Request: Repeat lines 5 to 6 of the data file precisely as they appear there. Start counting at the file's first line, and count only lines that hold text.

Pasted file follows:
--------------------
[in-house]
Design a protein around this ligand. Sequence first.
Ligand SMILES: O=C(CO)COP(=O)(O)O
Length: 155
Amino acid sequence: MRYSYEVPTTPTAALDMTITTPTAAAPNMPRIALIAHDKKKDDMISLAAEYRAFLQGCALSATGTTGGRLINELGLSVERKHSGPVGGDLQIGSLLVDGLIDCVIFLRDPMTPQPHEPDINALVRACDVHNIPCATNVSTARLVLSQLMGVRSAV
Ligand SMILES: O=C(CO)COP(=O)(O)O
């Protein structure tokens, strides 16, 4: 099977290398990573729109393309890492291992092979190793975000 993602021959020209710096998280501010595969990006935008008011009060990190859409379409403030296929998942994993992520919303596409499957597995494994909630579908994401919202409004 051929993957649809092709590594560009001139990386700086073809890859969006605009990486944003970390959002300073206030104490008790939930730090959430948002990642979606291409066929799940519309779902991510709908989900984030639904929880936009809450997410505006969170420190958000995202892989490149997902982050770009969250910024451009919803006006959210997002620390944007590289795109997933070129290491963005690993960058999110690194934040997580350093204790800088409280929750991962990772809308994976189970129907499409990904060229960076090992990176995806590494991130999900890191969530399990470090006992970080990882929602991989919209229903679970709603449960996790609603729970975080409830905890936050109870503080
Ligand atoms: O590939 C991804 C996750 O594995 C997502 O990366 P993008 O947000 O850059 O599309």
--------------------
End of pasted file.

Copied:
Amino acid sequence: MRYSYEVPTTPTAALDMTITTPTAAAPNMPRIALIAHDKKKDDMISLAAEYRAFLQGCALSATGTTGGRLINELGLSVERKHSGPVGGDLQIGSLLVDGLIDCVIFLRDPMTPQPHEPDINALVRACDVHNIPCATNVSTARLVLSQLMGVRSAV
Ligand SMILES: O=C(CO)COP(=O)(O)O